SP8 – Binary Stars
The search for Earth-mass planets is currently a venture of great scientific and public interest. It is obvious that the observation for an Exo-Earth will start in the solar neighborhood. A region where more than 60% of the stars are in double or multiple star systems — as was found already in the observational survey by Duquennoy & Mayor in 1991. Therefore, we have to expect an increasing number of planet discoveries in binary star systems in the near future. The probability that an "Exo-Earth" is situated in a double or multiple star system may be quite high. About 60 Jovian planets have already been found in wide and tight binary systems and recently the space mission MOST detected the transit of the terrestrial planet 55 Cnc e in the wide binary star system 55 Cancri (Winn et al. 2011). This makes the study of planets in binary star systems very essential, where questions regarding their formation, long-term stability and atmospheric composition are among major challenges of planetary research.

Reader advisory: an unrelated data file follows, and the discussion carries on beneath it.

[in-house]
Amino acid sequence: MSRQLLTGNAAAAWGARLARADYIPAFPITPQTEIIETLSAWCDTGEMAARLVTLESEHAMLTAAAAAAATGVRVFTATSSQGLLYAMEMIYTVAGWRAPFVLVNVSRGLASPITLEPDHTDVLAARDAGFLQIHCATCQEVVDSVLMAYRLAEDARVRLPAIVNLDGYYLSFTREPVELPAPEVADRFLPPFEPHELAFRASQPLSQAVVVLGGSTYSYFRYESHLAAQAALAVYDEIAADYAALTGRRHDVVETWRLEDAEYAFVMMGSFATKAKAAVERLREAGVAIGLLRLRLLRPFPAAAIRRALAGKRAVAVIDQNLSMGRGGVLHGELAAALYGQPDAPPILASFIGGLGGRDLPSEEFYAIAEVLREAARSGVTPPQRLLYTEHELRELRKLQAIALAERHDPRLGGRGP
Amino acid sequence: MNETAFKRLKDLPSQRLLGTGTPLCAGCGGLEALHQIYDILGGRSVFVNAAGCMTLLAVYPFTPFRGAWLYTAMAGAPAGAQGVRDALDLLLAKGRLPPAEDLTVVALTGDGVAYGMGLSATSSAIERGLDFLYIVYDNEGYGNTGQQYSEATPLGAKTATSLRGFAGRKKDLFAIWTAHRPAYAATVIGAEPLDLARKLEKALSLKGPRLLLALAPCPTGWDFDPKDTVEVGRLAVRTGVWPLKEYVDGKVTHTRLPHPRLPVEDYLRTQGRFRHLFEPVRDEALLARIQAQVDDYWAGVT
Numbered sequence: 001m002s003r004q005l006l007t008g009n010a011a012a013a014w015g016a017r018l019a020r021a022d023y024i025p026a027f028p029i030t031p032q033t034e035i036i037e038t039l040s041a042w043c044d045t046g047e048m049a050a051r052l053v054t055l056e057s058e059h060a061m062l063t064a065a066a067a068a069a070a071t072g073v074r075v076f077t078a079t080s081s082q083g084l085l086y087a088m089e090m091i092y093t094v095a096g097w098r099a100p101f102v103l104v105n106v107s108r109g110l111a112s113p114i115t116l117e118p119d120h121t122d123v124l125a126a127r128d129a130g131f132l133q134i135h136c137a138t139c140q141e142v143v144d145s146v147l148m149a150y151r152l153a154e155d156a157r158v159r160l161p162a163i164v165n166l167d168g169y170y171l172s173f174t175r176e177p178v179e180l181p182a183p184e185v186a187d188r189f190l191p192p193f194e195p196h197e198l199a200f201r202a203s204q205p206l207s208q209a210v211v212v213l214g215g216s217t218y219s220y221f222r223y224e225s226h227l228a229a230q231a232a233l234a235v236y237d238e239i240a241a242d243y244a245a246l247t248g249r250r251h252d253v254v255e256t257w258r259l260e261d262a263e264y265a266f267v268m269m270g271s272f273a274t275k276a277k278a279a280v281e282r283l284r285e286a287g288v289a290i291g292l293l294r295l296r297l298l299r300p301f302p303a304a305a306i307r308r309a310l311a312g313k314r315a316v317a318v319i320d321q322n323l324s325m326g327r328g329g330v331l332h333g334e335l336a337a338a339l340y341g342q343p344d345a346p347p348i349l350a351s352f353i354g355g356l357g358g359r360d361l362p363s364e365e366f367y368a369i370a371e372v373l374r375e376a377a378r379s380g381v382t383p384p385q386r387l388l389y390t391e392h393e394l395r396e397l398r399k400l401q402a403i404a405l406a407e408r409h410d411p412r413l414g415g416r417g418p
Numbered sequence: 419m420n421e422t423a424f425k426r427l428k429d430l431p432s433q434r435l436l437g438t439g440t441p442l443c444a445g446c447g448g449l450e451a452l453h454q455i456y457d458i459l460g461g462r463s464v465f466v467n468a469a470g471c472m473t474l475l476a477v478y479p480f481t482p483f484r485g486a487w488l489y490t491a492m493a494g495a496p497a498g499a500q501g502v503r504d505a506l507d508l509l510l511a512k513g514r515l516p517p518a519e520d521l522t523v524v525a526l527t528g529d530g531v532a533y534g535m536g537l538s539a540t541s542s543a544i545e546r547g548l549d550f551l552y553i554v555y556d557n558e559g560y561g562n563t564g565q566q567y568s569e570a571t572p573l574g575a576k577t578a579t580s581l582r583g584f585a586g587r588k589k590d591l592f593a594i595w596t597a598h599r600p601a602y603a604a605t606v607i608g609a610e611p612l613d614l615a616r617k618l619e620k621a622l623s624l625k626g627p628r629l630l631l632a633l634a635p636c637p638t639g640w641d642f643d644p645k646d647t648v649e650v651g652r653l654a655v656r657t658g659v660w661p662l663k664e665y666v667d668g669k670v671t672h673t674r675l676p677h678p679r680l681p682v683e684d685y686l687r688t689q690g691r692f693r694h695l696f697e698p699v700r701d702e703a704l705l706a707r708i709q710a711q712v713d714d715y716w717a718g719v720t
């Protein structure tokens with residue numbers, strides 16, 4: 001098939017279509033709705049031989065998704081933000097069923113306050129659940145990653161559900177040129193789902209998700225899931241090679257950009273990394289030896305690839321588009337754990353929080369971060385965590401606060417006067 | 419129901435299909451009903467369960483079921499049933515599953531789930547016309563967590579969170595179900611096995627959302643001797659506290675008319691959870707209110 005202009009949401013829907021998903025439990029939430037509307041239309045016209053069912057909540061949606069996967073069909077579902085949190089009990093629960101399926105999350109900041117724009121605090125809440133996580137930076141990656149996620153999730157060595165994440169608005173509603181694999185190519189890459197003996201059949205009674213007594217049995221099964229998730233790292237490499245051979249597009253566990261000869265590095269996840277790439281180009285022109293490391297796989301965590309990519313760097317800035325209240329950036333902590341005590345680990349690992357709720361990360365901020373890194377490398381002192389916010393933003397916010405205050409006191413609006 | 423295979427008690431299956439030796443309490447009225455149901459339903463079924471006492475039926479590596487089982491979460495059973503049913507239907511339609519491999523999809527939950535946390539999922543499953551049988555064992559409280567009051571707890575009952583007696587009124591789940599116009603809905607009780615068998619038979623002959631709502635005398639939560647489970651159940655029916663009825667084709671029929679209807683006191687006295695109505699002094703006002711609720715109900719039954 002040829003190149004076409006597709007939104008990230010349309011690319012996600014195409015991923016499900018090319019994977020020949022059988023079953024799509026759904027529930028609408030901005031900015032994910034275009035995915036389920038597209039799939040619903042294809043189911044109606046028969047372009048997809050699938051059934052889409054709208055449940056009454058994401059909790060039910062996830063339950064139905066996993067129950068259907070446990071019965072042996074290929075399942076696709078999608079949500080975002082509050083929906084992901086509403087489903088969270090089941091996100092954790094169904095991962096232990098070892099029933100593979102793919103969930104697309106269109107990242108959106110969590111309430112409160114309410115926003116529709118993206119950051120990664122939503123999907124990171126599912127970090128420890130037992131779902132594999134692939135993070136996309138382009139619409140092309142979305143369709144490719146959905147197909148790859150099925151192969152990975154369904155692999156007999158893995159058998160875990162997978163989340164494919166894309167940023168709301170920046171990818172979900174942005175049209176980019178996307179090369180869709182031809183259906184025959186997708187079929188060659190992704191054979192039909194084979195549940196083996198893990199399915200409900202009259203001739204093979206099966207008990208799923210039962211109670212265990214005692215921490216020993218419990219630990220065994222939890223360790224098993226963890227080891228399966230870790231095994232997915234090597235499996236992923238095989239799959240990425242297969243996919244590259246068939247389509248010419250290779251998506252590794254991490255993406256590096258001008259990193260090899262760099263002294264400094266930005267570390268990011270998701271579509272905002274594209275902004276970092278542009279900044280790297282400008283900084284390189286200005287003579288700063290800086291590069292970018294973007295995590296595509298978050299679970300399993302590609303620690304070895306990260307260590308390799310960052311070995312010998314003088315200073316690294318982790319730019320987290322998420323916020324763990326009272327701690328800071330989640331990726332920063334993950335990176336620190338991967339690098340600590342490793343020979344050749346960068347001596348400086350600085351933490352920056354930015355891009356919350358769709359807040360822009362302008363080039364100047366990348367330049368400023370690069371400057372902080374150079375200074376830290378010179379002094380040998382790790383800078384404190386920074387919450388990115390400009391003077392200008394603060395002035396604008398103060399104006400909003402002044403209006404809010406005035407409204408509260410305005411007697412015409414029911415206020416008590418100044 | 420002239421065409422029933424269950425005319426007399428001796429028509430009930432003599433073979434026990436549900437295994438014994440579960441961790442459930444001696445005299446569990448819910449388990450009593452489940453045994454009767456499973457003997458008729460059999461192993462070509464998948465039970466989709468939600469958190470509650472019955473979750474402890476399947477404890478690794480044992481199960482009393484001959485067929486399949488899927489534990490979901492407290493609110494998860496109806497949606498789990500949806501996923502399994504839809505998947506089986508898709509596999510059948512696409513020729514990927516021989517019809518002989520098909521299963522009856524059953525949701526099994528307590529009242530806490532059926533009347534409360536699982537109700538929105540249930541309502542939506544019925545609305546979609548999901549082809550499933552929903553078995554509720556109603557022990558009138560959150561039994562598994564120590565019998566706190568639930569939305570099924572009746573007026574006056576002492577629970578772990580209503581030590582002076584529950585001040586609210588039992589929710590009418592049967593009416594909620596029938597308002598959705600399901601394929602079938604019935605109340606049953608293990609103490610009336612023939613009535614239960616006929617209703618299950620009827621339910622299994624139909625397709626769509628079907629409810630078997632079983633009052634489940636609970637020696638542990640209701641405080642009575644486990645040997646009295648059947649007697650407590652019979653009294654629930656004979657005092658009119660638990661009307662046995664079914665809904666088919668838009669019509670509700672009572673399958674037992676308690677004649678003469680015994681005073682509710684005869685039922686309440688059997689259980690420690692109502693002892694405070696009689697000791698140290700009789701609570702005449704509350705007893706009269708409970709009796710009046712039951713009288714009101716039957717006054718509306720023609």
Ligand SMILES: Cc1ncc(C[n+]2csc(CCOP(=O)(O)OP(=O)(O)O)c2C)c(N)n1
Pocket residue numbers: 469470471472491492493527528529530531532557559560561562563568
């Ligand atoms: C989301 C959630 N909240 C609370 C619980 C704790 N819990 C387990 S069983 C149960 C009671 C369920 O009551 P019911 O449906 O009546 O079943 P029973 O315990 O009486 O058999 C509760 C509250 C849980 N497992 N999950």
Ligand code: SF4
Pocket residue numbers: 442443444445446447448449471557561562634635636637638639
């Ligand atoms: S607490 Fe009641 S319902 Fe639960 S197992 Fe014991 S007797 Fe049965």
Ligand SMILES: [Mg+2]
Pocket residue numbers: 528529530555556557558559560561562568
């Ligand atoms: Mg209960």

Considering different types of planetary motion in binary star systems — i.e. circumprimary (or S-type) and circumbinary (or P-type) — we will tackle the following open questions regarding architecture, formation, evolution and habitability of Earth-like planets in such systems:
- Where is the location of the habitable zone in tight binary star systems?
- Which of these systems could host habitable planets?
- Can water-rich terrestrial planets be formed in the HZ of tight binary star systems?
- What is the probability of impacts of comets/asteroids onto protoplanets in binary star systems?